juice

5. Juices and Milk

Limit your child’s intake of juices that contain loads of sugar. Apple juice is far more acidic than orange juice and can cause your child’s teeth to erode. Every time you introduce sugars into your child’s mouth, his or her body turns it into acid that attacks teeth. Instead of filling your child’s glass with juice, opt for water or dilute the juice with water to better regulate the amount of sugars entering your child’s mouth. Similarly, milk left in your baby’s mouth will become acidic overnight, leading to decay, says Jack Gruber, D.D.S., a New York periodontist with more than 35 years of experience who invented PeriClean, a brushless toothbrush designed to be gentle on gums. Decay of baby teeth is extensive and difficult to treat, so wipe your baby’s teeth before bedtime to rid of any residual milk. Do not put your child to sleep with a baby bottle full of milk in their mouth. It will lead to “milk bottle mouth” which is decay that destroys the baby teeth.

starch

6. Starch

Though avoiding starch is not completely realistic (who can always say ‘no’ to a few potato chips?), keeping an eye on the amount of chips, white bread or fries your child has can help his dental health in the long run. Not only are these foods lower on nutritional value than whole foods like carrots and broccoli, the starch found in these foods actually converts almost immediately to sugar once consumed.

processed

7. Processed foods

Aside from juices with added sugars or artificial sweeteners, certain processed foods can contain a surprisingly high amount of sugar – simply take a gander at the nutrition labels of foods like peanut butter and ketchup. Maintaining a healthy balance of natural, whole foods and those listed above will help take care of your child’s overall dental health. Calcium, a natural part of tooth enamel, vitamins and minerals are required to build strong teeth in your child. Additionally, eating fibrous vegetables like celery helps remove plaque naturally while drinking water with fluoride can help strengthen teeth.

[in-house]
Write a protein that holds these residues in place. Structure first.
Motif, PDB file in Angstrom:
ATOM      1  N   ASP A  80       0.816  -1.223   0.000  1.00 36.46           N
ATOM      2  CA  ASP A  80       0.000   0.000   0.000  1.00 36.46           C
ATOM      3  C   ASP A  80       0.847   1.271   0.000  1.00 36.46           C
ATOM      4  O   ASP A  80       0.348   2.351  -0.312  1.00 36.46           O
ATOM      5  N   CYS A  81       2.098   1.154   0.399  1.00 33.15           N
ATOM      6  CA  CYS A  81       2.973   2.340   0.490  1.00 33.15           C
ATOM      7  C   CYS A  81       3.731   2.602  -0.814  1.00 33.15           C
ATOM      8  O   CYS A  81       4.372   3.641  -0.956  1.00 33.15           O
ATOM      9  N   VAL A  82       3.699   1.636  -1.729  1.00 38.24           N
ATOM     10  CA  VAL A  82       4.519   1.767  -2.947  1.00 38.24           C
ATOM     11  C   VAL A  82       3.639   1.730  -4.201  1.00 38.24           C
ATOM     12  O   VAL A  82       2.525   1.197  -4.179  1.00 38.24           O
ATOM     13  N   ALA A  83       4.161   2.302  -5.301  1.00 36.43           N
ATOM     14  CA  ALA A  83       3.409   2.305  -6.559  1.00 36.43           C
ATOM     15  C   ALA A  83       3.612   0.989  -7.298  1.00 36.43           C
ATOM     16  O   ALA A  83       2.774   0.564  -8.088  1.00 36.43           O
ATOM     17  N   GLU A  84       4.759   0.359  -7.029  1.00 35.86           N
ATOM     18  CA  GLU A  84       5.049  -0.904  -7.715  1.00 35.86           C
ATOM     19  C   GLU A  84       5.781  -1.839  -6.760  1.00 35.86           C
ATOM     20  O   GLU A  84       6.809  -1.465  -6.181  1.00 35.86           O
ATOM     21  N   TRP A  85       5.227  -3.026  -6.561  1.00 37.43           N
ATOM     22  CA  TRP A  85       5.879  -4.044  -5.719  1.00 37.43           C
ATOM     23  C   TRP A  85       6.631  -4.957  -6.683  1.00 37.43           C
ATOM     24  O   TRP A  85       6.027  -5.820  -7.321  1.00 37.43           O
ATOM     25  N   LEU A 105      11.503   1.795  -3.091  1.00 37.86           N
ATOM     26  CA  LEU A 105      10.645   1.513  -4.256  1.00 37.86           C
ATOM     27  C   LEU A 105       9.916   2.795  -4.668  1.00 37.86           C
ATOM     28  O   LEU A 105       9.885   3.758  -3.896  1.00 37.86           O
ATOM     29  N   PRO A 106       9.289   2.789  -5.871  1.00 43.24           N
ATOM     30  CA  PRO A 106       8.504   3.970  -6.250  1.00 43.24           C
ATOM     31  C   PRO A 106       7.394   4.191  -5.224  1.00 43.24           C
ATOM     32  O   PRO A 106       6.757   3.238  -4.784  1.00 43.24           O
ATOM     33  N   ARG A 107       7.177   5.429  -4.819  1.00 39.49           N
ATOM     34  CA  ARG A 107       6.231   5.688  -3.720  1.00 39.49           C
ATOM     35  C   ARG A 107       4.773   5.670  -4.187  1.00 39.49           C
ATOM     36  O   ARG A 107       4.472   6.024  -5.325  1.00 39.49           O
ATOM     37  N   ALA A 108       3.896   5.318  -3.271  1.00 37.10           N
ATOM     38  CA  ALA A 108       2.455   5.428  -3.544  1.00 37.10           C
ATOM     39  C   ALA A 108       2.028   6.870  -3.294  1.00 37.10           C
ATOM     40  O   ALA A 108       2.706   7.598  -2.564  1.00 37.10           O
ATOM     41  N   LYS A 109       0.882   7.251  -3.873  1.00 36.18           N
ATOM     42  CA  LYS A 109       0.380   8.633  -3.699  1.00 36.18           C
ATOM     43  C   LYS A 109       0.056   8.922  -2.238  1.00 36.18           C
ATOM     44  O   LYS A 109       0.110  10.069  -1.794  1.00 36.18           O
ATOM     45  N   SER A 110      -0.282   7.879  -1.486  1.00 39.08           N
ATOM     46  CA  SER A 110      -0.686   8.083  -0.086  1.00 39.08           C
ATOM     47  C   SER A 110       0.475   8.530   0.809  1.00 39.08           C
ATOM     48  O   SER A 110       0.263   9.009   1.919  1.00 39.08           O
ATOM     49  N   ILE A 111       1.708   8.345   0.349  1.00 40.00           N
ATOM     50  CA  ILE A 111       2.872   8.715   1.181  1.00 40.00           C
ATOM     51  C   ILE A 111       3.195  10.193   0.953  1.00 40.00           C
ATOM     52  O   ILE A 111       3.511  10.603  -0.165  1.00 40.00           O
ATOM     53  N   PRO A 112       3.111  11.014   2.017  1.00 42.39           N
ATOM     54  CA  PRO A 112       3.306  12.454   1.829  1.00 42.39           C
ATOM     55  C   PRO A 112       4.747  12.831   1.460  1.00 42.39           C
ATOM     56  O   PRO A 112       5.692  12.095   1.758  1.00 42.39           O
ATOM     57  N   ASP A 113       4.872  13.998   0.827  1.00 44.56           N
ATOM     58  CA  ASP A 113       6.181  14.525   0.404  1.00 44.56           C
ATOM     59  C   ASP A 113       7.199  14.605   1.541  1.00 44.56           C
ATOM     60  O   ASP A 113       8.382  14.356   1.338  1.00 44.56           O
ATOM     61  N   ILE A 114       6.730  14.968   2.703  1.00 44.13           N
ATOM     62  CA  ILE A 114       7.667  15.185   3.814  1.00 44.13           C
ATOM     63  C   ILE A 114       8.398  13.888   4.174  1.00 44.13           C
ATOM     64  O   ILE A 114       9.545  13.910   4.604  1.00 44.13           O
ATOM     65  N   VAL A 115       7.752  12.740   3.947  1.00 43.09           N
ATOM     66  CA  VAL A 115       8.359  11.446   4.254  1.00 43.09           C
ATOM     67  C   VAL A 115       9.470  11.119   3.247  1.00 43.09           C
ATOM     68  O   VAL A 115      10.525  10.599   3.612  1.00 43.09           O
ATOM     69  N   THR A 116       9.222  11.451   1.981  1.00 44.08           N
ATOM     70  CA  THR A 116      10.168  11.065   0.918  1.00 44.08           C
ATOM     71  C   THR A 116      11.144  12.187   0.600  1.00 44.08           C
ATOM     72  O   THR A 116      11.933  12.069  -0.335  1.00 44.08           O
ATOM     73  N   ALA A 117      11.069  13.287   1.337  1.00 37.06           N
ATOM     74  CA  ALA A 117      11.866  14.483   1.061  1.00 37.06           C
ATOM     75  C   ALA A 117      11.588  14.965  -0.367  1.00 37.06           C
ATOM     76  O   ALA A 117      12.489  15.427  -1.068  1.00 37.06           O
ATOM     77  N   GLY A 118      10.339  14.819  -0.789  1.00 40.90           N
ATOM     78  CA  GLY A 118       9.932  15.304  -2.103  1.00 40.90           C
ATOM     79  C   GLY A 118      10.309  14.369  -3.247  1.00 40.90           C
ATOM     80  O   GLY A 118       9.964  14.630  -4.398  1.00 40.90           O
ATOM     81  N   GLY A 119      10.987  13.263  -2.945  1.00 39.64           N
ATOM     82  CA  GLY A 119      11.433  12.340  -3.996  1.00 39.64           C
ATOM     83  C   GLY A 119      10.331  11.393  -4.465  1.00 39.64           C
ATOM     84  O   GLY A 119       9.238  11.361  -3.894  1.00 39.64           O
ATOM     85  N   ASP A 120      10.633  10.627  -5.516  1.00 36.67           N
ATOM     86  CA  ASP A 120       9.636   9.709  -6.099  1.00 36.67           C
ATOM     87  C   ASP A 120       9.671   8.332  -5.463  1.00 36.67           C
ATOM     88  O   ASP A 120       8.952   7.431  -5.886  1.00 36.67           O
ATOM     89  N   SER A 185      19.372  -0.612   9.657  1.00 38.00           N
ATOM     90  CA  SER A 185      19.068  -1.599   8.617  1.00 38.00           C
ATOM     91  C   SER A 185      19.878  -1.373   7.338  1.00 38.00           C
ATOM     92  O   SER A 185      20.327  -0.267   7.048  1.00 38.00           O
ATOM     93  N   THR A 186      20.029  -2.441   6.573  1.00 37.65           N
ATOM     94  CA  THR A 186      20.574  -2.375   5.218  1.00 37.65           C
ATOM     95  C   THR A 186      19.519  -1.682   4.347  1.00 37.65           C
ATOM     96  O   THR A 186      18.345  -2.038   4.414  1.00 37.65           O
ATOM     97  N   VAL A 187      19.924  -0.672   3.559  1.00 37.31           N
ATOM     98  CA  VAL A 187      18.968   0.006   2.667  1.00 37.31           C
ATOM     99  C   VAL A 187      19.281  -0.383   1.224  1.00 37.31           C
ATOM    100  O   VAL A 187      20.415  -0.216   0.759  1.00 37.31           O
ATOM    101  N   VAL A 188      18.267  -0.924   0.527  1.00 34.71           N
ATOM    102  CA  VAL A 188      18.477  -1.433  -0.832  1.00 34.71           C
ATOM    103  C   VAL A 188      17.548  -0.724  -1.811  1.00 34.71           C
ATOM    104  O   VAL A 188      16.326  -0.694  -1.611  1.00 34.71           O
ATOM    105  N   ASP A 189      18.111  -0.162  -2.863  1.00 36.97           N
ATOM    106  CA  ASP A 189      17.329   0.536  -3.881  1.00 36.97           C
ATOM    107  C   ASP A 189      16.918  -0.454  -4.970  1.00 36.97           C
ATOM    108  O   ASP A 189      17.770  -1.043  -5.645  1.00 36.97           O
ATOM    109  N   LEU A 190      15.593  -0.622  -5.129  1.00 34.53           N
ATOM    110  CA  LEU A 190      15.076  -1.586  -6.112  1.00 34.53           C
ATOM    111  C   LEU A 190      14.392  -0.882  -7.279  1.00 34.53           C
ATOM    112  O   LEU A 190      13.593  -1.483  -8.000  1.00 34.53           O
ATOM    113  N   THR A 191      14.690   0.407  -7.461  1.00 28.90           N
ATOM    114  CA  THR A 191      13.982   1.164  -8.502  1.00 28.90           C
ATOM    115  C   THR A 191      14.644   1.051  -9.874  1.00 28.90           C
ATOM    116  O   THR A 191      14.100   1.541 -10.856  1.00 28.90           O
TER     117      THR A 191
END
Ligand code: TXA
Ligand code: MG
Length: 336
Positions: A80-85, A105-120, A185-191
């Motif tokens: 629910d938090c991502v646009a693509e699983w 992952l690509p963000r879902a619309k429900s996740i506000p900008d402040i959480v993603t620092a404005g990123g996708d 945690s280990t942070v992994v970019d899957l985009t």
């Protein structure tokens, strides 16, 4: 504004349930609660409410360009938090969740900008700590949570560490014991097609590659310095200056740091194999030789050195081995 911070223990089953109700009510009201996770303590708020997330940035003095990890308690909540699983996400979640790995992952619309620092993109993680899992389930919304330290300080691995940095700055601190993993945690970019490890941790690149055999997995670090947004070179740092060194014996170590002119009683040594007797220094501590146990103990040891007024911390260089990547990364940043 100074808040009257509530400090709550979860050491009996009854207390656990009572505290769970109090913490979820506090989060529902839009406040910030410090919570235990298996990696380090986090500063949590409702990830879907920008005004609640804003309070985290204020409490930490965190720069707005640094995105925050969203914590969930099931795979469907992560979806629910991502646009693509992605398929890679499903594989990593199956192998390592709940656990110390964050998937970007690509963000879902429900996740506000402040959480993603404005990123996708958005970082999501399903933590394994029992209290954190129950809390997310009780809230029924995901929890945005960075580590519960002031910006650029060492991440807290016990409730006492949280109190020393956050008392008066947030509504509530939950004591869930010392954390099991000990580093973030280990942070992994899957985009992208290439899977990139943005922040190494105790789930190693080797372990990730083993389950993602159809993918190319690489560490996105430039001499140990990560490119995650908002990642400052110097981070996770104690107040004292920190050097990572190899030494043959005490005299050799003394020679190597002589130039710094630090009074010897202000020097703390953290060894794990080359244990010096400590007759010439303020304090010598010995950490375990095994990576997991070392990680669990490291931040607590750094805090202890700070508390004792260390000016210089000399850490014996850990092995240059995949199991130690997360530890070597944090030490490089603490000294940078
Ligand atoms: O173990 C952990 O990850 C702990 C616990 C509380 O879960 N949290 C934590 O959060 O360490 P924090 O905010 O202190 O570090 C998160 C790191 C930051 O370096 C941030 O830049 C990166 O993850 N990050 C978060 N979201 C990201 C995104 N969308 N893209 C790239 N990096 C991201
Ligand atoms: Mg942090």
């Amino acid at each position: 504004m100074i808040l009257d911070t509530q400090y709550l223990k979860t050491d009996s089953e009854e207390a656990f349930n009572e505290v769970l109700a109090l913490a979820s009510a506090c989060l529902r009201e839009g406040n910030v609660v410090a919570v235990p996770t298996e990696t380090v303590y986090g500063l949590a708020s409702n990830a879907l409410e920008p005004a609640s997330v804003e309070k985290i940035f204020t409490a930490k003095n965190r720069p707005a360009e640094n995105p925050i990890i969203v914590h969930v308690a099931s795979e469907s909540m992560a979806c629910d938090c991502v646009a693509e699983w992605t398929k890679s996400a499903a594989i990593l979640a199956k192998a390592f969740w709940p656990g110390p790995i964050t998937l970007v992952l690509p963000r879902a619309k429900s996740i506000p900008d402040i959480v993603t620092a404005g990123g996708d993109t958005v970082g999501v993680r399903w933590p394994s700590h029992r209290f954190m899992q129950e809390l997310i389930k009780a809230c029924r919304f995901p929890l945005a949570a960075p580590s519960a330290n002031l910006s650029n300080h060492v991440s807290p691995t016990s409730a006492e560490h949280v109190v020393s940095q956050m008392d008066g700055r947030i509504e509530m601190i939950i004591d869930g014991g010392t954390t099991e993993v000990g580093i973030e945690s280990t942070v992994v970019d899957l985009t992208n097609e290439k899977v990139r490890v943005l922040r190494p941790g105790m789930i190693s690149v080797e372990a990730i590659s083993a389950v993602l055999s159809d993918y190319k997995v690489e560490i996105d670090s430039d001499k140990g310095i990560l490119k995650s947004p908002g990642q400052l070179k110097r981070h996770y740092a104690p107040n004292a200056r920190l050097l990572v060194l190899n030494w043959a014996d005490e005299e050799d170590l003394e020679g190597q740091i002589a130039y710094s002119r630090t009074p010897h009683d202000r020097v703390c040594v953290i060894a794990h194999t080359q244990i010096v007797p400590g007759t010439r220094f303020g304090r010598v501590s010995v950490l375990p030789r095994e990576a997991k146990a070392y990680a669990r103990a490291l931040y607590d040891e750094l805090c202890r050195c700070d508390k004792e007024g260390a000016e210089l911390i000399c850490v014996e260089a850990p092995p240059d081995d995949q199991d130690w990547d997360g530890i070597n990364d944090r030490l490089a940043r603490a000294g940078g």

New Guideline Announced for Children’s Dental Care

The most common chronic childhood dental disease is tooth decay. More than 16 million children suffer from untreated tooth decay in the U.S., according to the Centers for Disease Control and Prevention. Now, the American Dental Association’s Council on Scientific Affairs has updated its guideline on caring for children’s teeth

To help prevent cavities and tooth decay in children, the CSA recommends brushing children’s teeth with a smear of fluoride toothpaste (about the size of a rice grain) as soon as their first tooth comes in. For children ages 3-6, the CSA recommends using a pea-size amount of fluoride toothpaste when brushing their teeth.

Prior to this update, the CSA recommended using water to clean teeth of children younger than 2 years old and to use a pea-size amount of fluoride toothpaste with children ages 2-6. The update comes in light of the report “Fluoride toothpaste use for young children” that is published in the February 2014 issue of The Journal of the American Dental Association. The report offers the results of the review “Fluoride toothpaste efficacy and safety in children younger than 6 years”

The new guidance of using a smear of toothpaste to brush children’s teeth when they are younger than 3 years of age helps protect them from getting tooth decay. The updated guideline also lessens the likelihood of fluorosis, a change in tooth’s enamel caused by excessive exposure to high concentrations of fluoride.

Caring for Your Child’s Teeth

It is recommended that children visit the dentist as soon as their first tooth comes in or by their first birthday. Once children have two touching teeth, parents or caregivers should implement a routine of flossing.

Get children in the habit of brushing at least twice a day and teach them the importance of keeping a healthy, clean smile. Model good behavior they can mimic, such as brushing regularly, flossing daily and going to the dentist every six months.

And, remember milk bottles should not be left in the crib because of the possibility of “milk bottle mouth” tooth decay, which is caused by children falling asleep with milk in their mouths.

Preventing Dental Caries in Adults

How to Maintain Your Pearly Whites Between Checkups

Your dentist or dental hygienist scraped all the plaque buildup between your teeth and buffed and polished each tooth. Your mouth is feeling extra fresh and is cleaner than ever– until you eat your next meal and order that can of soda.

Your next checkup and cleaning won’t be for another six months (at most), so how do you maintain that fresh after-dentist-visit feeling? Follow these five easy steps to impress your dentist on your next visit.

1. Brush (or at least rinse) after every meal